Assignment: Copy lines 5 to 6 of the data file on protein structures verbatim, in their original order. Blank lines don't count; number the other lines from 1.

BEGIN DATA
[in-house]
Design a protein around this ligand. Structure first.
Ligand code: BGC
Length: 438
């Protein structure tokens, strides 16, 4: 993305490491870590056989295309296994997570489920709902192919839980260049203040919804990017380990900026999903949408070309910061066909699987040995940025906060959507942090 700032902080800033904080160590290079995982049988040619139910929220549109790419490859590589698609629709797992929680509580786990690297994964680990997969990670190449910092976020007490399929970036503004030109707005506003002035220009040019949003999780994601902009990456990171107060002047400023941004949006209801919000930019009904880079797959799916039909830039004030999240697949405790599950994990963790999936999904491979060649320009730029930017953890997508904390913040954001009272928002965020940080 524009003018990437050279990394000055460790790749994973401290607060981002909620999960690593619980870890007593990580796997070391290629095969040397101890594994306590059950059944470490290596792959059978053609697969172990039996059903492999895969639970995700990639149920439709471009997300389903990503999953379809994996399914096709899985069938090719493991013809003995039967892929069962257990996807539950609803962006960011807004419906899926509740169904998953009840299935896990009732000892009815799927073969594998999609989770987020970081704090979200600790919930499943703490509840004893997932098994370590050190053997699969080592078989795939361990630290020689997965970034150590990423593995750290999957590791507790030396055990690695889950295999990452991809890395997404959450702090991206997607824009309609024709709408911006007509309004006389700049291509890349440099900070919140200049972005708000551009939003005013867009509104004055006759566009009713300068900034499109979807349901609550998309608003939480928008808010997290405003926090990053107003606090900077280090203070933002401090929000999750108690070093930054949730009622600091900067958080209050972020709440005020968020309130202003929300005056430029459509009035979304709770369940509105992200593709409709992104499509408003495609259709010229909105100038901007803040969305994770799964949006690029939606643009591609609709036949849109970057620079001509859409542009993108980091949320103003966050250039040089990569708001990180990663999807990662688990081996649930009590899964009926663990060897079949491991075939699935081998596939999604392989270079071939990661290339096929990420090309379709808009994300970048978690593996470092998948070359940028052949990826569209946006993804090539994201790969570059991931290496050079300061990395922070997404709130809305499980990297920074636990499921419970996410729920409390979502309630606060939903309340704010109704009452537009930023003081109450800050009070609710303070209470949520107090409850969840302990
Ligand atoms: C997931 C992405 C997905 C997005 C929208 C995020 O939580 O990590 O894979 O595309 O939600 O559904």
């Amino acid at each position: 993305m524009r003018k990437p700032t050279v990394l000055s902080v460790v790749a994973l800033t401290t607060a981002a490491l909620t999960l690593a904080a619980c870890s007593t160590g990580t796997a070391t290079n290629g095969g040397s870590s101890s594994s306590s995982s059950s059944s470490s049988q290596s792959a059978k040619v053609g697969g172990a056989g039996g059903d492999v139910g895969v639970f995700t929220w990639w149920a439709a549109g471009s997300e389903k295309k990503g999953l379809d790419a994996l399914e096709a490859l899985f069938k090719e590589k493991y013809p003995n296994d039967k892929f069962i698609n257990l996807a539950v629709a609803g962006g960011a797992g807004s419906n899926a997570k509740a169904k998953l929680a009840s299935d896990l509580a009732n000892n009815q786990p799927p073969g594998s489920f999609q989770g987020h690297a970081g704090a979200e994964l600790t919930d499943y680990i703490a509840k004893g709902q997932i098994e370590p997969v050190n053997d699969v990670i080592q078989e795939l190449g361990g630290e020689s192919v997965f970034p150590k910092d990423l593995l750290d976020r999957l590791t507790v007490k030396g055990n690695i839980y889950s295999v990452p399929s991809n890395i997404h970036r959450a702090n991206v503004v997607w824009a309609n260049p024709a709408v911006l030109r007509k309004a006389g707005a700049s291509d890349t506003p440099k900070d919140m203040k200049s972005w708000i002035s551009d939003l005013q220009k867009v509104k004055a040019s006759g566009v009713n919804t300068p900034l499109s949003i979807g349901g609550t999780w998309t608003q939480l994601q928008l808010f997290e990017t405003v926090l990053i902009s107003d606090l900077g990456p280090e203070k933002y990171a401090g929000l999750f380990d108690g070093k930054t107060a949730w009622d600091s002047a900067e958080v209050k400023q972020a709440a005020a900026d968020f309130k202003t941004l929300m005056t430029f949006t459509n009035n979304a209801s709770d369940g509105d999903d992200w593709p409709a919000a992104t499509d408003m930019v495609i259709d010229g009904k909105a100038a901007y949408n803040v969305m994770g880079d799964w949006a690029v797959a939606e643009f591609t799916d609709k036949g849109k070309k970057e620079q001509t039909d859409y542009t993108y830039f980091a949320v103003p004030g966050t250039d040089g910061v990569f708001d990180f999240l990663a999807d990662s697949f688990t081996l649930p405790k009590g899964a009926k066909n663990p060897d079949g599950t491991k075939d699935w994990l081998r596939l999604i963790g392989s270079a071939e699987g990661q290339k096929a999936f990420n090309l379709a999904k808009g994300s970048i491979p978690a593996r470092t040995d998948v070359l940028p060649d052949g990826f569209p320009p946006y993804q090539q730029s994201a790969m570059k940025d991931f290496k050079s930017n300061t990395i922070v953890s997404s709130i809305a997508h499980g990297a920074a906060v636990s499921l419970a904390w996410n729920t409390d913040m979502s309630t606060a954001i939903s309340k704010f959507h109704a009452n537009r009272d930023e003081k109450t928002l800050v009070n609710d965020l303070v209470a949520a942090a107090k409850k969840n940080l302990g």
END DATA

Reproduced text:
């Protein structure tokens, strides 16, 4: 993305490491870590056989295309296994997570489920709902192919839980260049203040919804990017380990900026999903949408070309910061066909699987040995940025906060959507942090 700032902080800033904080160590290079995982049988040619139910929220549109790419490859590589698609629709797992929680509580786990690297994964680990997969990670190449910092976020007490399929970036503004030109707005506003002035220009040019949003999780994601902009990456990171107060002047400023941004949006209801919000930019009904880079797959799916039909830039004030999240697949405790599950994990963790999936999904491979060649320009730029930017953890997508904390913040954001009272928002965020940080 524009003018990437050279990394000055460790790749994973401290607060981002909620999960690593619980870890007593990580796997070391290629095969040397101890594994306590059950059944470490290596792959059978053609697969172990039996059903492999895969639970995700990639149920439709471009997300389903990503999953379809994996399914096709899985069938090719493991013809003995039967892929069962257990996807539950609803962006960011807004419906899926509740169904998953009840299935896990009732000892009815799927073969594998999609989770987020970081704090979200600790919930499943703490509840004893997932098994370590050190053997699969080592078989795939361990630290020689997965970034150590990423593995750290999957590791507790030396055990690695889950295999990452991809890395997404959450702090991206997607824009309609024709709408911006007509309004006389700049291509890349440099900070919140200049972005708000551009939003005013867009509104004055006759566009009713300068900034499109979807349901609550998309608003939480928008808010997290405003926090990053107003606090900077280090203070933002401090929000999750108690070093930054949730009622600091900067958080209050972020709440005020968020309130202003929300005056430029459509009035979304709770369940509105992200593709409709992104499509408003495609259709010229909105100038901007803040969305994770799964949006690029939606643009591609609709036949849109970057620079001509859409542009993108980091949320103003966050250039040089990569708001990180990663999807990662688990081996649930009590899964009926663990060897079949491991075939699935081998596939999604392989270079071939990661290339096929990420090309379709808009994300970048978690593996470092998948070359940028052949990826569209946006993804090539994201790969570059991931290496050079300061990395922070997404709130809305499980990297920074636990499921419970996410729920409390979502309630606060939903309340704010109704009452537009930023003081109450800050009070609710303070209470949520107090409850969840302990
Ligand atoms: C997931 C992405 C997905 C997005 C929208 C995020 O939580 O990590 O894979 O595309 O939600 O559904």